Watergate conspirator’s death kept quiet for 2 years
WASHINGTON — James McCord, a retired CIA employee who was convicted as a conspirator in the Watergate burglary and later linked the 1972 break-in to the White House in revelations that helped end the presidency of Richard Nixon, died June 15, 2017, at his home in Douglassville, Pa. He was 93.
The cause was pancreatic cancer, according to his death certificate obtained at the Berks County Register of Wills office in Reading, Pa.
McCord’s death was first reported in “Dirty Tricks,” a 2018 history of the Watergate investigation by filmmaker Shane O’Sullivan. But the news did not appear in local or national media at the time and only surfaced online in March, when the website Kennedys and King published an obituary referencing his gravesite.
McCord served in the CIA for 19 years, including as chief of the agency’s physical security division, before his supporting — and at times, sensational — role in the events that precipitated the first resignation in history of a U.S. president.
He had retired from the spy agency and was employed as head of security for the Committee for the Re-Election of the President, commonly called CREEP, when he became entangled in a scheme to burglarize and bug the Democratic national headquarters at the Watergate building in Washington.
McCord had once taught a college course on how to protect buildings from intrusions, and he helped lead the operation. Preparing for the break-in, the conspirators rigged door latches at the Watergate complex with adhesive tape to prevent the doors from locking.
The tape caught the attention of security guard Frank Wills, who alerted the police to suspicious activity in the building. In the early morning hours of June 17, 1972, plainclothes officers entered the Democratic headquarters and found five burglars clad in suits and surgical gloves.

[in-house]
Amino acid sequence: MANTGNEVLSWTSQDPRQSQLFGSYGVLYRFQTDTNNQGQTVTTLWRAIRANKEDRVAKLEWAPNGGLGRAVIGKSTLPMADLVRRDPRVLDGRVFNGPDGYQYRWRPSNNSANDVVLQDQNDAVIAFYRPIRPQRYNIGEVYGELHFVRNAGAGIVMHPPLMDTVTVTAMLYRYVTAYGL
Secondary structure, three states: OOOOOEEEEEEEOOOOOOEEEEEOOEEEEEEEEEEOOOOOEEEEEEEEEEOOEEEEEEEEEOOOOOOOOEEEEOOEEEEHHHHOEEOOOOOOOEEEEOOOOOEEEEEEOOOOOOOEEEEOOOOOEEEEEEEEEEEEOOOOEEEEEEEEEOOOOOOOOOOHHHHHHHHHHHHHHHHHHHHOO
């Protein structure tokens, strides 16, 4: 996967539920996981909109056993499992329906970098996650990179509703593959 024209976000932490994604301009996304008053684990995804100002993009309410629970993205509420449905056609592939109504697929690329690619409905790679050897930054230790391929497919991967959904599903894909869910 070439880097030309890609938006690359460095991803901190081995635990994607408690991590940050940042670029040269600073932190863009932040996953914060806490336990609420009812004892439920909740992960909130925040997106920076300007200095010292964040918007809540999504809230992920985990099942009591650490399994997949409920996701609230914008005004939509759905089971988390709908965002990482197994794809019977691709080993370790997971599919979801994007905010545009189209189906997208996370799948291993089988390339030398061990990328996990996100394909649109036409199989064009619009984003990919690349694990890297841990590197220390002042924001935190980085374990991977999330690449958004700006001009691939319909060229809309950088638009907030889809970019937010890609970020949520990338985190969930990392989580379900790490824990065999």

Those men — McCord, Bernard Barker, Frank Sturgis, Eugenio Martinez and Virgilio Gonzalez — were carrying bugging devices, cameras, film and a walkie-talkie. McCord initially used the alias Edward Martin but was quickly connected to the re-election committee.
His arraignment, covered by Washington Post reporter Bob Woodward for one of the newspaper’s first articles about the events now collectively known as the Watergate scandal, was memorably dramatized in the 1976 film “All the President’s Men.”
In September 1972, a federal grand jury indicted McCord, the other burglars, and Nixon aides Howard Hunt and Gordon Liddy on charges stemming from the bugging attempt. Hunt and four burglars pleaded guilty. McCord and Liddy were tried in January 1973 and were convicted of conspiracy, burglary and bugging.
John Sirica, the federal judge who presided over the Watergate cases, controversially threatened defendants with stiff sentences if they did not assist investigators. Facing a possible 45 years in prison, McCord submitted to Sirica a letter The Post later described as a “bombshell.”
“There was political pressure applied to the defendants to plead guilty and remain silent,” McCord wrote in the March 1973 document, delivered to the court after his conviction and before his sentencing. “Perjury occurred during the trial in matters highly material to the very structure, orientation, and impact of the government’s case, and to the motivation and intent of the defendants.”
Nixon resigned on Aug. 9, 1974. McCord served four months in prison.
James McCord, a key Watergate figure, once instructed a college course how to protect buildings from intrusions.